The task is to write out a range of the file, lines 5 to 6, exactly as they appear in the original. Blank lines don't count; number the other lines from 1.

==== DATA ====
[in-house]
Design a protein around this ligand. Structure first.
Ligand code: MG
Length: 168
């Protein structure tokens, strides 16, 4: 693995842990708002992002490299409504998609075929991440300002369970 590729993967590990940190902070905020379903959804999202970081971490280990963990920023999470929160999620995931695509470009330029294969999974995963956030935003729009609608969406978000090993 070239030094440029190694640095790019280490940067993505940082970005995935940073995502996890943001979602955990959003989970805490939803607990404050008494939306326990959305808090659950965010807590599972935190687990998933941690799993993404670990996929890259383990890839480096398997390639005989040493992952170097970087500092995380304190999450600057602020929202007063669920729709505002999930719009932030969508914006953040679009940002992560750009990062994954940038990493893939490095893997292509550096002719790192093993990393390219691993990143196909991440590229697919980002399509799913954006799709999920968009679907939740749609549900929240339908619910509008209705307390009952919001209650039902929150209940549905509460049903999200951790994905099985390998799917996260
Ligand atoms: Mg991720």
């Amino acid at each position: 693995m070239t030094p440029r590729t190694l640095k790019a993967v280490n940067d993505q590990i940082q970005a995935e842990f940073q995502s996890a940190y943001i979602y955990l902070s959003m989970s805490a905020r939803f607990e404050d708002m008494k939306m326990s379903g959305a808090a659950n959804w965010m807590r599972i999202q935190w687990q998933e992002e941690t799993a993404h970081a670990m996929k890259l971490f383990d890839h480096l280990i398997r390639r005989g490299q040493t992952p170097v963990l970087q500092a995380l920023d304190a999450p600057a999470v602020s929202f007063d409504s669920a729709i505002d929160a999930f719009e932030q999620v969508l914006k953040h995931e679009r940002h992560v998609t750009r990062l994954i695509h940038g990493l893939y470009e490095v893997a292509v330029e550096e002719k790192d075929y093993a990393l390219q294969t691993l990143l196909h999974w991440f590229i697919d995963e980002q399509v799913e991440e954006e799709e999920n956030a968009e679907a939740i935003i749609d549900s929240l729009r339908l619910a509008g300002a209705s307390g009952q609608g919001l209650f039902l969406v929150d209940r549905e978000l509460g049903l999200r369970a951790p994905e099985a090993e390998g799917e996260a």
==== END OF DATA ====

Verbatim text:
């Protein structure tokens, strides 16, 4: 693995842990708002992002490299409504998609075929991440300002369970 590729993967590990940190902070905020379903959804999202970081971490280990963990920023999470929160999620995931695509470009330029294969999974995963956030935003729009609608969406978000090993 070239030094440029190694640095790019280490940067993505940082970005995935940073995502996890943001979602955990959003989970805490939803607990404050008494939306326990959305808090659950965010807590599972935190687990998933941690799993993404670990996929890259383990890839480096398997390639005989040493992952170097970087500092995380304190999450600057602020929202007063669920729709505002999930719009932030969508914006953040679009940002992560750009990062994954940038990493893939490095893997292509550096002719790192093993990393390219691993990143196909991440590229697919980002399509799913954006799709999920968009679907939740749609549900929240339908619910509008209705307390009952919001209650039902929150209940549905509460049903999200951790994905099985390998799917996260
Ligand atoms: Mg991720």